Q: What was the best workshop/slam/open mic you have ever attended?
Ryk McIntyre: Too, too many to even start to count, over the 26 years I’ve been associated with Slam, and 35 years for poetry in general. Been very blessed in that regard. Also, appearing in this interview series with Siaara Freeman is kinda huge for me. Another blessing.
Siaara Freeman: Workshop: Dee Matthews does this prompt at a Pink Door (WOC writers retreat run by Rachel McKibbens). I'm still writing different prompts from it. It’s a prompt literally designed to snatch some of the literal out of your work. I can get super literal and the workshop always leads me into a space of ethereal and fantasy and why not? I love it. SLAM: 1st year of Brave New Voices made final stage with my bestfriend KK and our slam team in California. Lit a fire under my a** nothing has been able to put out. Open Mic: Boston: Cantab & House Slam while on tour. I was the feature and I wanted to listen to them instead. Oh, and Chicago Young Authors did the same thing.
Q: What Hogwarts house are you?
Ryk McIntyre: Slytherin. Straight-up Snape. Touched the robes Alan Rickman wore, once. Remind me to tell you that story sometime.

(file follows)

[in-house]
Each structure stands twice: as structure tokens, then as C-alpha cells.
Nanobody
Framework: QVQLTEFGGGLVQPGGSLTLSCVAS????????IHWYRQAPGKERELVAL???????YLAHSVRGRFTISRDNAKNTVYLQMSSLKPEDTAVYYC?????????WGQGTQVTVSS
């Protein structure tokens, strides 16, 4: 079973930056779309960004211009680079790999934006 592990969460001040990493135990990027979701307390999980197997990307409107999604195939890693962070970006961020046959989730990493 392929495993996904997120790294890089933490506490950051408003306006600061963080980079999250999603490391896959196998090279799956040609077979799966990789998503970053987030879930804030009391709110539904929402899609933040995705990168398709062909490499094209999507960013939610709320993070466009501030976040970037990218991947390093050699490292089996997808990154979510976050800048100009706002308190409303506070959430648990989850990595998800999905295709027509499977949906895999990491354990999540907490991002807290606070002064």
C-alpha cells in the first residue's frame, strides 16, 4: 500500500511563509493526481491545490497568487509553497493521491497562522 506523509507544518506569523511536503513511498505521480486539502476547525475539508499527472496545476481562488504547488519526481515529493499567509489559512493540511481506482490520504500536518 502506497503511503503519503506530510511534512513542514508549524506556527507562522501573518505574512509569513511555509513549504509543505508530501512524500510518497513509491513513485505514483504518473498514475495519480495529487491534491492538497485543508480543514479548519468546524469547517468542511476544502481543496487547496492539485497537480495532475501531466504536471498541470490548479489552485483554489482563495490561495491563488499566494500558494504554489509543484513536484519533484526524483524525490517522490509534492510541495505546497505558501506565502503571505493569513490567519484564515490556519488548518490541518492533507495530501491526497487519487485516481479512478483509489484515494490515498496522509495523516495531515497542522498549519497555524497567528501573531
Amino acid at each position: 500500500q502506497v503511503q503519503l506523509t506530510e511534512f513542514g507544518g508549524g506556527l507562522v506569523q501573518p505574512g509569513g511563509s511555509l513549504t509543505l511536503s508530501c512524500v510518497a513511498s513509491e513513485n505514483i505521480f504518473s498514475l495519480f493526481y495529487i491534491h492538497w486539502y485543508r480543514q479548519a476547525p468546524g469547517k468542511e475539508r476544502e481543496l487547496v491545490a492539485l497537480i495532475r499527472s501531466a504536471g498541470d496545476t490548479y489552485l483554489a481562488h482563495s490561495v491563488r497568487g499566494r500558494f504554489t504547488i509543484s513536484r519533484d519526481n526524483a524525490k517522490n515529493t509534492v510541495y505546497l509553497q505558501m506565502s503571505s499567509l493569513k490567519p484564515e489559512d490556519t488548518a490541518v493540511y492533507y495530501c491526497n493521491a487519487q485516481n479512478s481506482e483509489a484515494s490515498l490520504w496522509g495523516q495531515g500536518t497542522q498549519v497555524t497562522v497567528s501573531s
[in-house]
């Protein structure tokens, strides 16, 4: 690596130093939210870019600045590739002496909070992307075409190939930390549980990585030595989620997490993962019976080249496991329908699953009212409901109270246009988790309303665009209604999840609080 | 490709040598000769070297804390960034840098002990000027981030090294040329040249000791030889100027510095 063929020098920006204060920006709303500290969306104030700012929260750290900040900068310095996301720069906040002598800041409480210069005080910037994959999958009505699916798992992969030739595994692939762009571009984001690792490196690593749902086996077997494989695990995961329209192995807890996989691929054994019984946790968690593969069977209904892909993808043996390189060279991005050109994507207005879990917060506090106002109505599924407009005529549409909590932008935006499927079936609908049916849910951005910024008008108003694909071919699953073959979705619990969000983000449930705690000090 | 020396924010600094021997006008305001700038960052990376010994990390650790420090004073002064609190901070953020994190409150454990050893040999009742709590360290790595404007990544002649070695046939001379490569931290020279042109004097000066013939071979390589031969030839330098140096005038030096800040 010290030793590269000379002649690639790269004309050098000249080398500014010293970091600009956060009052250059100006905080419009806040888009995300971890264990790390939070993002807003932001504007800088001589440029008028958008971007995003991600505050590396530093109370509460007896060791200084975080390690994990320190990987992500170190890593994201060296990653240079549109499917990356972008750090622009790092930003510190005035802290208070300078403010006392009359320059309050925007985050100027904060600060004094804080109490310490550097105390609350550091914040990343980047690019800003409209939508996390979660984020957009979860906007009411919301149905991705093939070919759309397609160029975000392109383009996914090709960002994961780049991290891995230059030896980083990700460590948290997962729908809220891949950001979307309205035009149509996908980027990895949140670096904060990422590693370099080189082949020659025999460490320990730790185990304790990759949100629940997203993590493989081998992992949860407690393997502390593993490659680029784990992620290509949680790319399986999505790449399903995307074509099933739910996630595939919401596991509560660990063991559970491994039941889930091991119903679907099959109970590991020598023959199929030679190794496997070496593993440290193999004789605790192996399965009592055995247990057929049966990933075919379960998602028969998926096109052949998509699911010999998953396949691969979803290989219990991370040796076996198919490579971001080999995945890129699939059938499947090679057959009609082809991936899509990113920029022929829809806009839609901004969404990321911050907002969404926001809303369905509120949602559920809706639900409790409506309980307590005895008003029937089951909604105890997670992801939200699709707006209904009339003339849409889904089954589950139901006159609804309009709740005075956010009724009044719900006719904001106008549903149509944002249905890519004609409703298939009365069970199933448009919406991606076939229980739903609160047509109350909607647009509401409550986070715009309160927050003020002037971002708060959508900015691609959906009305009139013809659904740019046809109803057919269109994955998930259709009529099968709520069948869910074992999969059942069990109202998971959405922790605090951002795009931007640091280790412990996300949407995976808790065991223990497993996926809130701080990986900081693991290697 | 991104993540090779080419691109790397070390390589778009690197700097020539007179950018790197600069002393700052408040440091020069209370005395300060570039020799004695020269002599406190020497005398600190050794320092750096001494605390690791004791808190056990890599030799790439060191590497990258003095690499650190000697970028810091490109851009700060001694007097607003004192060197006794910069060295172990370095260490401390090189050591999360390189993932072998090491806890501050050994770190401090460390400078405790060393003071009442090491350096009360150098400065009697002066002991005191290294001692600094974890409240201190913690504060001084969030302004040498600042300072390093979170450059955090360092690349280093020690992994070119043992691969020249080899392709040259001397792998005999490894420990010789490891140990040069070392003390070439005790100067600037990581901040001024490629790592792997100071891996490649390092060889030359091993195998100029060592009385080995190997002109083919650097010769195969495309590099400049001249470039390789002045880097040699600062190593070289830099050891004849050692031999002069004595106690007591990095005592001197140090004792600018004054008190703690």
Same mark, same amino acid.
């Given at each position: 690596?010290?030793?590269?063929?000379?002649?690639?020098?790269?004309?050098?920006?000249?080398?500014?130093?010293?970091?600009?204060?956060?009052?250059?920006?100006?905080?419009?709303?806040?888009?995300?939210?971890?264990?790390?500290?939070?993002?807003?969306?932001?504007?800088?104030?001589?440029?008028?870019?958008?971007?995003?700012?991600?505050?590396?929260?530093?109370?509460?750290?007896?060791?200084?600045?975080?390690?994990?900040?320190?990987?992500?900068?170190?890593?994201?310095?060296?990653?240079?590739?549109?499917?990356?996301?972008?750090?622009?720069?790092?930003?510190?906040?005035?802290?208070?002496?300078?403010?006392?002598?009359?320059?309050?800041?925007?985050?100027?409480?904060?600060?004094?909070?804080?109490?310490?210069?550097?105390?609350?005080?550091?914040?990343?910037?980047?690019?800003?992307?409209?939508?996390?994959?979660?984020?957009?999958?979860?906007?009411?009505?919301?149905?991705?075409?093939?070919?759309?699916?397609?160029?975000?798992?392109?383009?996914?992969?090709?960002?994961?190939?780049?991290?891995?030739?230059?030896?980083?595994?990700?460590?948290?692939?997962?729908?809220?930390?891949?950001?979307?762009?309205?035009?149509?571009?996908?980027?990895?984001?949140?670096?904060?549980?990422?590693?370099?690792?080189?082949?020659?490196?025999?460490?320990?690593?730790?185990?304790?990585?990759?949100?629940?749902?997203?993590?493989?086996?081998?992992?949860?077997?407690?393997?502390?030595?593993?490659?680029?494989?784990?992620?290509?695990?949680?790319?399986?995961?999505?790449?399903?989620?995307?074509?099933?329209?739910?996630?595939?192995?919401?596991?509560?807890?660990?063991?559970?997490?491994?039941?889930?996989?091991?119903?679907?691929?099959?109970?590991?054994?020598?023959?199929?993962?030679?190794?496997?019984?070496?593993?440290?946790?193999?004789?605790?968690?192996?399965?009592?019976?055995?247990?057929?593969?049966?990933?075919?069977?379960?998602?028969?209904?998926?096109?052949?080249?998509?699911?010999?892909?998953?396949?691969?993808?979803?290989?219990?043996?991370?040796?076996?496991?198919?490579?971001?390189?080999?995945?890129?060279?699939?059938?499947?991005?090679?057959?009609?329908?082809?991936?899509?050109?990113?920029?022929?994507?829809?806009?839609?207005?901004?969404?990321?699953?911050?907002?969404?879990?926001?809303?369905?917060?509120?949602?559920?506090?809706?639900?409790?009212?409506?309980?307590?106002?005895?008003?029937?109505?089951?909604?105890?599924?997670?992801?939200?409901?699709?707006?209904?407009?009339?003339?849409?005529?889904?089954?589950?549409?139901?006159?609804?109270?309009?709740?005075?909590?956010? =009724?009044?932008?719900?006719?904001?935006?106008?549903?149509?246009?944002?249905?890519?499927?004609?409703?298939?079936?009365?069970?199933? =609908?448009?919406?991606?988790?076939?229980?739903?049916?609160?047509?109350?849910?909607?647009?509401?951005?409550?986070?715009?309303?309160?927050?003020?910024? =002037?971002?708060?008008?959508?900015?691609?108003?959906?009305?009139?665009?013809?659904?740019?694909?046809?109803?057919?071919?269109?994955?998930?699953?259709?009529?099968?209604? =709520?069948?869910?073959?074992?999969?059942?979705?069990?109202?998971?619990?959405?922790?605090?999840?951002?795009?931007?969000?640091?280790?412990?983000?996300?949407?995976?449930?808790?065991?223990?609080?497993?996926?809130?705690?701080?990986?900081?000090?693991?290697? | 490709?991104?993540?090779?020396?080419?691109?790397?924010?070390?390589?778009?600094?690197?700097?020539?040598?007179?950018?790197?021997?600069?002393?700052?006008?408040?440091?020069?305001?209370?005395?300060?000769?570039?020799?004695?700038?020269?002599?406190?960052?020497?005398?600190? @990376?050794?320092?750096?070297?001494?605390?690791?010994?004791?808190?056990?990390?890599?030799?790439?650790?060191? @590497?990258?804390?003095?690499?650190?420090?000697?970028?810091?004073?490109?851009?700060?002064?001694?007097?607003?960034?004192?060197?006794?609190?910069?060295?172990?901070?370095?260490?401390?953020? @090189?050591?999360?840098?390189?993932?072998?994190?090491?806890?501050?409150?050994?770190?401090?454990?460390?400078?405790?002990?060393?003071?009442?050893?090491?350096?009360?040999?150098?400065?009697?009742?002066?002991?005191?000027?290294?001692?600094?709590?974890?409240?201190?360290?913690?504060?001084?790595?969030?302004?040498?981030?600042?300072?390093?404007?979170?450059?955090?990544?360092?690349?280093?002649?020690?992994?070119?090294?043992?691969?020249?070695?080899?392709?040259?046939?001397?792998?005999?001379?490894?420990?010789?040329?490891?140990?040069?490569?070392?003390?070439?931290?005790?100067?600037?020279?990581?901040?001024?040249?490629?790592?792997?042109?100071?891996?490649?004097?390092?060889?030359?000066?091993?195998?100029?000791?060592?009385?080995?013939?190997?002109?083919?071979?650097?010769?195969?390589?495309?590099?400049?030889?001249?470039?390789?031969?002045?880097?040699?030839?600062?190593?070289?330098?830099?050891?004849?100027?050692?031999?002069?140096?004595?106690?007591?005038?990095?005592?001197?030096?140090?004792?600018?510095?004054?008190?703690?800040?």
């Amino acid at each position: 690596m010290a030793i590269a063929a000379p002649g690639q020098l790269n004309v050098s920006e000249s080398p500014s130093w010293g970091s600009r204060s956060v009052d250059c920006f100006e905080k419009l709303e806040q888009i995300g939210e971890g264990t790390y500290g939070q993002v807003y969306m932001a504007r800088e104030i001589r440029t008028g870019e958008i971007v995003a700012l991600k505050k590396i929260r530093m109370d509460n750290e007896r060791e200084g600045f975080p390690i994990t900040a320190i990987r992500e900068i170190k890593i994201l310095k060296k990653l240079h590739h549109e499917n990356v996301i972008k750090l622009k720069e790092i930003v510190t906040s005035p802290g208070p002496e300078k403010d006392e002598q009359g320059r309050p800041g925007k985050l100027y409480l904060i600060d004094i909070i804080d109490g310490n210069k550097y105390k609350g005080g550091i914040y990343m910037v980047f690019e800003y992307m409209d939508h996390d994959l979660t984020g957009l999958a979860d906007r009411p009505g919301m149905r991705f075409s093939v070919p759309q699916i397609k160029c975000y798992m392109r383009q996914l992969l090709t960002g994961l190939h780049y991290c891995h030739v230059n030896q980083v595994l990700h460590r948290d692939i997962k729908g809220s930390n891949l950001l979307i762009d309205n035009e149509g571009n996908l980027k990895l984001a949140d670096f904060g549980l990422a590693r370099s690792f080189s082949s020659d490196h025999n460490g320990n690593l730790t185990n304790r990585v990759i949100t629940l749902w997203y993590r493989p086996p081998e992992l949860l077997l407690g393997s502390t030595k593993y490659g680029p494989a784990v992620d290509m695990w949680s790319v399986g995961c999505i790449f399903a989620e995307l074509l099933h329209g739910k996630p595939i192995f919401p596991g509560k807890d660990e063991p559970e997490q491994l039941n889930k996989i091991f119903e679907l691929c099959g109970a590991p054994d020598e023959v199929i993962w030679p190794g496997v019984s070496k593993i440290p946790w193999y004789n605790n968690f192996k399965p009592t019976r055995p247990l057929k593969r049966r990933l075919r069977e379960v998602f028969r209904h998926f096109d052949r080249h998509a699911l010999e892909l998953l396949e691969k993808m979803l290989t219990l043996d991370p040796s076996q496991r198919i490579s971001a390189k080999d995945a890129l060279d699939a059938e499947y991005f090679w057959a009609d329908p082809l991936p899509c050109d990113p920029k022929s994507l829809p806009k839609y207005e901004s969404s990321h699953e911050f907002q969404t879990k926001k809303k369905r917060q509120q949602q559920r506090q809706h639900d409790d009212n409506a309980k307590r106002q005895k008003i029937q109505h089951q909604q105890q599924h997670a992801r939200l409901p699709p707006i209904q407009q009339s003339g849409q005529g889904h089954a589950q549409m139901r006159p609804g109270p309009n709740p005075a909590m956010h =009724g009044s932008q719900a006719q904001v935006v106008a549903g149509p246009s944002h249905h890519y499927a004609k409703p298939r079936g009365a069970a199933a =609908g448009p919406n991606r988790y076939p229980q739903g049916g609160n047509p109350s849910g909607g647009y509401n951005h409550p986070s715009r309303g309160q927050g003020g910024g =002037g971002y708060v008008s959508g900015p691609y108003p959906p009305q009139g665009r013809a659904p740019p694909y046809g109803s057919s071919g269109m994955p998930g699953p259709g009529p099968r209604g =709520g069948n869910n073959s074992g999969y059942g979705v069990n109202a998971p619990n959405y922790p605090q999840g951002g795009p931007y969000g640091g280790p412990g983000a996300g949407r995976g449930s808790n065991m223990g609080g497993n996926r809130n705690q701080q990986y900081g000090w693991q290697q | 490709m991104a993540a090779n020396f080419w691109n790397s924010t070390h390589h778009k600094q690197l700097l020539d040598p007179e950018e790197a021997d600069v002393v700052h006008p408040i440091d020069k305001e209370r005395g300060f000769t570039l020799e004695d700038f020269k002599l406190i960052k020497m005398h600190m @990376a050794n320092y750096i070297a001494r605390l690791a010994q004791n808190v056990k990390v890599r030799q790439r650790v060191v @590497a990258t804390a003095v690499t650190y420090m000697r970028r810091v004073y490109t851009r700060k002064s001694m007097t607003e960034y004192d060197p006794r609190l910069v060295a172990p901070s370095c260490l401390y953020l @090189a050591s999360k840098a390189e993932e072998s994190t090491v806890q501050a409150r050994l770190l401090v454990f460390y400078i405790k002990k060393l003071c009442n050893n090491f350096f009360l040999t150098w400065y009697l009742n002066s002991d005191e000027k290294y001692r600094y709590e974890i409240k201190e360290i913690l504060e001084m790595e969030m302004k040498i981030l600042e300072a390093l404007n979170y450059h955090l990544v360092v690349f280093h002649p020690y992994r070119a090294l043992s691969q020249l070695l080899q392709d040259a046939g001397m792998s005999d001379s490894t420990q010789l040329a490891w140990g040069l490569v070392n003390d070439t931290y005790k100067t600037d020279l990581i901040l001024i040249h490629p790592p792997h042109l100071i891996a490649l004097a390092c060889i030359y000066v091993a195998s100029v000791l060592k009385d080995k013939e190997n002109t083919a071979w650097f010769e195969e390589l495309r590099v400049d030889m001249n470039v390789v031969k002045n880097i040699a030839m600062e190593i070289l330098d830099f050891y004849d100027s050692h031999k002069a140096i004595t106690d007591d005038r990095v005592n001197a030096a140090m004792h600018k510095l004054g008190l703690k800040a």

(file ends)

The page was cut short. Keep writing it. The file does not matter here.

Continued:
Siaara Freeman: SLYTHERIN. Goes back to question one doesn’t it? – ambition and all that. And what is wrong with ambition??? Nothing. And what is wrong with being cunning? Nothing. And what is wrong with being loyal to what is loyal to you? Nothing. Not to spoil anything, but like honestly, does it get much better than Snape? Should it not have been “Snape & The Sorcerer’s Stone,” “Snape & The Chamber of Secrets” – I mean C O M E O N. Slytherins have the worst rep and the best colors. You say Voldemort was a Slytherin and the worst wizard of all time; I say Merlin was a Slytherin and the best of all time. History is just history until you do something with it, I know, I know, very Slytherin of me, thanks.
Q: What is the fiercest thing about you?